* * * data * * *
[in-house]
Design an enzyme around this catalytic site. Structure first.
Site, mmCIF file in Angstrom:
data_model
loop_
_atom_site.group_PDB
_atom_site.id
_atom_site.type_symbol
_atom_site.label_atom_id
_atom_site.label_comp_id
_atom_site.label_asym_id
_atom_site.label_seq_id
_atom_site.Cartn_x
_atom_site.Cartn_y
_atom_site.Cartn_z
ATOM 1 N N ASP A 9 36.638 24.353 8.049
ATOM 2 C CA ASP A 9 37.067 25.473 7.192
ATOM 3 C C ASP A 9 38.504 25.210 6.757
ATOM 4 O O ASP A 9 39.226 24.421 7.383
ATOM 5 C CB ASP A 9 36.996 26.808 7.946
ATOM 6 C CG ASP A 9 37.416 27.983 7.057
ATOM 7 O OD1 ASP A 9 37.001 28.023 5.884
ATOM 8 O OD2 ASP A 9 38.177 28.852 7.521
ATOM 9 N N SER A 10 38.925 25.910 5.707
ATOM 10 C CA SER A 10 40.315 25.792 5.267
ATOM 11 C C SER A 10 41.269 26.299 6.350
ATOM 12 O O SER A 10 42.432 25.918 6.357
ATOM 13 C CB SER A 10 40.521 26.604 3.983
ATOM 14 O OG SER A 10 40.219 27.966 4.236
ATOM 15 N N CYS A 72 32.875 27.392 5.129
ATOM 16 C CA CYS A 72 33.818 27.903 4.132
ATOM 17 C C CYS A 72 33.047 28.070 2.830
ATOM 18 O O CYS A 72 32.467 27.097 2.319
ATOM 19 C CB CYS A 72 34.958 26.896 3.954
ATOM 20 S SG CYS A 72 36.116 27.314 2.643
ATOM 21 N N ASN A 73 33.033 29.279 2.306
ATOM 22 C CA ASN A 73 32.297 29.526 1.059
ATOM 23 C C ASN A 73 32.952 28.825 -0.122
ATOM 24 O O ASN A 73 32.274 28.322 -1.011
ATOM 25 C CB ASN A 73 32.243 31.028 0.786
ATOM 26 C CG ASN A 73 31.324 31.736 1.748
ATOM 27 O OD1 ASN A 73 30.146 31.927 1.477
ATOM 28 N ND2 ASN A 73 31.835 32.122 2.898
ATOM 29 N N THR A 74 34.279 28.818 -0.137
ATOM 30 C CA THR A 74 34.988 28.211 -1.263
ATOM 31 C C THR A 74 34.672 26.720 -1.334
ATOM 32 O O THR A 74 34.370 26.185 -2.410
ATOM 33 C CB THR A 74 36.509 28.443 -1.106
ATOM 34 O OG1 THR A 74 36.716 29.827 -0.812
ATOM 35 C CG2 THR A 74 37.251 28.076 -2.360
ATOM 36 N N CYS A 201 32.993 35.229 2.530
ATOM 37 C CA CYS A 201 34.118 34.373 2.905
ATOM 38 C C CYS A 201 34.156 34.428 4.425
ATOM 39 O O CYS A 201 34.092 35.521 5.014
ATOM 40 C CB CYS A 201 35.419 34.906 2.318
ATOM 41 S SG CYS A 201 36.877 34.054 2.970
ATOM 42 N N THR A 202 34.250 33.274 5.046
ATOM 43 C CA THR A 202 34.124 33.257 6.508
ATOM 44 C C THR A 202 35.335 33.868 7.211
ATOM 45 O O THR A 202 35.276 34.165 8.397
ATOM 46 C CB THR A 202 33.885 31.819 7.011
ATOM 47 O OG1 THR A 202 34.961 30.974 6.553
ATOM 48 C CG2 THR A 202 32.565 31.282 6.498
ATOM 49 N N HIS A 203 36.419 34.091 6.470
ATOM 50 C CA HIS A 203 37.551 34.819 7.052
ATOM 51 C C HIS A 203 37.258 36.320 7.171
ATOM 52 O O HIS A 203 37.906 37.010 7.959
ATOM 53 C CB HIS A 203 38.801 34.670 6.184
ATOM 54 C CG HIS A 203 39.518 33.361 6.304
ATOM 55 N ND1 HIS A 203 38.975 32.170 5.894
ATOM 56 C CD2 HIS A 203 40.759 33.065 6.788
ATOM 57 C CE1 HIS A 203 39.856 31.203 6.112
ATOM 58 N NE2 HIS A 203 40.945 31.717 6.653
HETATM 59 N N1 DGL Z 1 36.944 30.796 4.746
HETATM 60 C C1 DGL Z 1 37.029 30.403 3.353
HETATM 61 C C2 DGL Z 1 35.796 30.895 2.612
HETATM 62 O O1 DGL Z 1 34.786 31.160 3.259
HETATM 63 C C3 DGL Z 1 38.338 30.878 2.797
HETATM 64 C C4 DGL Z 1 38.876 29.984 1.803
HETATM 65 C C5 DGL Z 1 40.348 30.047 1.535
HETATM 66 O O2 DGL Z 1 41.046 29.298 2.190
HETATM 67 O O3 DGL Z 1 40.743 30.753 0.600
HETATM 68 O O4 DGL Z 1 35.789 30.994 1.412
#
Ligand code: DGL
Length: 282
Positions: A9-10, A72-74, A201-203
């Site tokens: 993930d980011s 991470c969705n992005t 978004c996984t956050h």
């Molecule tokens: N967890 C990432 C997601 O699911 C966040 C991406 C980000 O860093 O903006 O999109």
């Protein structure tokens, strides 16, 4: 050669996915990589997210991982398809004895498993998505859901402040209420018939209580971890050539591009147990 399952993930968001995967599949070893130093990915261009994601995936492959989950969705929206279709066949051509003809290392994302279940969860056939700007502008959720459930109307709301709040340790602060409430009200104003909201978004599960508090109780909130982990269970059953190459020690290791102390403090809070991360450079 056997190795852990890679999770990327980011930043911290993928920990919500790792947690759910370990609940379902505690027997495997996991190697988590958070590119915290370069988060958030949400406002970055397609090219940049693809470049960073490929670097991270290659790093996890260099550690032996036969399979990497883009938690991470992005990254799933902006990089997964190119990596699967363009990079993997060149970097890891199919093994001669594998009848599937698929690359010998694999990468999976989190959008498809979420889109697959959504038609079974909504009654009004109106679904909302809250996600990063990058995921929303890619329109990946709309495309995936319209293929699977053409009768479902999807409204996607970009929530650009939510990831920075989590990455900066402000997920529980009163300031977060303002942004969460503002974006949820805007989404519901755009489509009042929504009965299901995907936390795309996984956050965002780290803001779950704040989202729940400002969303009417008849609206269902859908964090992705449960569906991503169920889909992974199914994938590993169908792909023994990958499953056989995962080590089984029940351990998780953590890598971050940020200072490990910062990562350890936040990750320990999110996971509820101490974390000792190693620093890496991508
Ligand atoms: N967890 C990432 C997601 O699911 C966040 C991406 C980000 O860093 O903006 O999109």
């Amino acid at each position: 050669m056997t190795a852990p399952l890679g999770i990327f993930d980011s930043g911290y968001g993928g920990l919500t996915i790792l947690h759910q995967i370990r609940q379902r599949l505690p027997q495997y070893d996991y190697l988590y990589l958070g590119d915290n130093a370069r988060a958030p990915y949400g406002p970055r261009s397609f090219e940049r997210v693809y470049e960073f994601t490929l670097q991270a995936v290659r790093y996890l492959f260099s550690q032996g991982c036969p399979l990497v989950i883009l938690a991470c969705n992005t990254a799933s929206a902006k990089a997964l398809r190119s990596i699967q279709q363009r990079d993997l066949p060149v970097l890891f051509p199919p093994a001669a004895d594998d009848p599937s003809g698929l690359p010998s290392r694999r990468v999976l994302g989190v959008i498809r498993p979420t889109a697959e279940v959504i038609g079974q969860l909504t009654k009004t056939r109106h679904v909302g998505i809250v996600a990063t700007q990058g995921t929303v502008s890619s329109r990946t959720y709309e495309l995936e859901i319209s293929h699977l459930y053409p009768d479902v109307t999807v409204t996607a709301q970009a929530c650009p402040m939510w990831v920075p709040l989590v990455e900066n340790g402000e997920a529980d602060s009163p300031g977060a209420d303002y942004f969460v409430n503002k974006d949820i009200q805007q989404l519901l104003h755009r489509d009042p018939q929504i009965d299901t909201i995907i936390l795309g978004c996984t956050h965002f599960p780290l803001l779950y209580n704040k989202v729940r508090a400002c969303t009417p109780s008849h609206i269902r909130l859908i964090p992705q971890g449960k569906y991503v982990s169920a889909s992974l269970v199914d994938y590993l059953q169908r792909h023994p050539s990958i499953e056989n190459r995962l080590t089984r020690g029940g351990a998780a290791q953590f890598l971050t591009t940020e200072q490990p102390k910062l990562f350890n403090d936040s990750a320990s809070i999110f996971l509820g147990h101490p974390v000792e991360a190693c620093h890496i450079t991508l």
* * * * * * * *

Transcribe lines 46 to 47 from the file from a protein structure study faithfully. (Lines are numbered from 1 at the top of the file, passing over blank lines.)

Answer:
ATOM 31 C C THR A 74 34.672 26.720 -1.334
ATOM 32 O O THR A 74 34.370 26.185 -2.410